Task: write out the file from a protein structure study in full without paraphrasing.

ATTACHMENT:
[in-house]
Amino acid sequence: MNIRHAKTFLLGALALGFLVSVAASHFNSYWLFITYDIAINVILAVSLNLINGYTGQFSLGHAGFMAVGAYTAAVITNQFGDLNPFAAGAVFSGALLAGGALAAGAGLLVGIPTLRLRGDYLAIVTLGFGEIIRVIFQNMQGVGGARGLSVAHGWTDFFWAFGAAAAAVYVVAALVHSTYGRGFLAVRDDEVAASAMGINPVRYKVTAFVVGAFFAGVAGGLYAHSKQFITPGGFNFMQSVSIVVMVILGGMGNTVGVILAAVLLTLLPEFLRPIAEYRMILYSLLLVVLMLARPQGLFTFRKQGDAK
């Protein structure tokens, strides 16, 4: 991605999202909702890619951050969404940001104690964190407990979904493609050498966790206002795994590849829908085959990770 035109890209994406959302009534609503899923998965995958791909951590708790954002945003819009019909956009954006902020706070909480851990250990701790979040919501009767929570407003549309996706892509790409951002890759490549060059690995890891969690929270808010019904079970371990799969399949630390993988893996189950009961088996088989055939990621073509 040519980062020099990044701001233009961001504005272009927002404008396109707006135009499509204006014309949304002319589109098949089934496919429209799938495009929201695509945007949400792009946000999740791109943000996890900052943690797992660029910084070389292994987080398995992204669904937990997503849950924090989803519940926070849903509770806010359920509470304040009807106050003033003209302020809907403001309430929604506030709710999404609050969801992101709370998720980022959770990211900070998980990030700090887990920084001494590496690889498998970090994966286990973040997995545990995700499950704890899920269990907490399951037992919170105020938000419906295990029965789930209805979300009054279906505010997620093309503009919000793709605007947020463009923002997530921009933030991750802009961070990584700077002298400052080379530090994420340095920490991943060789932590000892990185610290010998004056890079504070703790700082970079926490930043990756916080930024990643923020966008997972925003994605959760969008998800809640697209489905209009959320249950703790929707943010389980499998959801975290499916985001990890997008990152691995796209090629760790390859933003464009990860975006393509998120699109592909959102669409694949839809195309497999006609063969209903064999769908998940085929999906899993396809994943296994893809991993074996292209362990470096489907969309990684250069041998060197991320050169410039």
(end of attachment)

[in-house]
Amino acid sequence: MNIRHAKTFLLGALALGFLVSVAASHFNSYWLFITYDIAINVILAVSLNLINGYTGQFSLGHAGFMAVGAYTAAVITNQFGDLNPFAAGAVFSGALLAGGALAAGAGLLVGIPTLRLRGDYLAIVTLGFGEIIRVIFQNMQGVGGARGLSVAHGWTDFFWAFGAAAAAVYVVAALVHSTYGRGFLAVRDDEVAASAMGINPVRYKVTAFVVGAFFAGVAGGLYAHSKQFITPGGFNFMQSVSIVVMVILGGMGNTVGVILAAVLLTLLPEFLRPIAEYRMILYSLLLVVLMLARPQGLFTFRKQGDAK
């Protein structure tokens, strides 16, 4: 991605999202909702890619951050969404940001104690964190407990979904493609050498966790206002795994590849829908085959990770 035109890209994406959302009534609503899923998965995958791909951590708790954002945003819009019909956009954006902020706070909480851990250990701790979040919501009767929570407003549309996706892509790409951002890759490549060059690995890891969690929270808010019904079970371990799969399949630390993988893996189950009961088996088989055939990621073509 040519980062020099990044701001233009961001504005272009927002404008396109707006135009499509204006014309949304002319589109098949089934496919429209799938495009929201695509945007949400792009946000999740791109943000996890900052943690797992660029910084070389292994987080398995992204669904937990997503849950924090989803519940926070849903509770806010359920509470304040009807106050003033003209302020809907403001309430929604506030709710999404609050969801992101709370998720980022959770990211900070998980990030700090887990920084001494590496690889498998970090994966286990973040997995545990995700499950704890899920269990907490399951037992919170105020938000419906295990029965789930209805979300009054279906505010997620093309503009919000793709605007947020463009923002997530921009933030991750802009961070990584700077002298400052080379530090994420340095920490991943060789932590000892990185610290010998004056890079504070703790700082970079926490930043990756916080930024990643923020966008997972925003994605959760969008998800809640697209489905209009959320249950703790929707943010389980499998959801975290499916985001990890997008990152691995796209090629760790390859933003464009990860975006393509998120699109592909959102669409694949839809195309497999006609063969209903064999769908998940085929999906899993396809994943296994893809991993074996292209362990470096489907969309990684250069041998060197991320050169410039």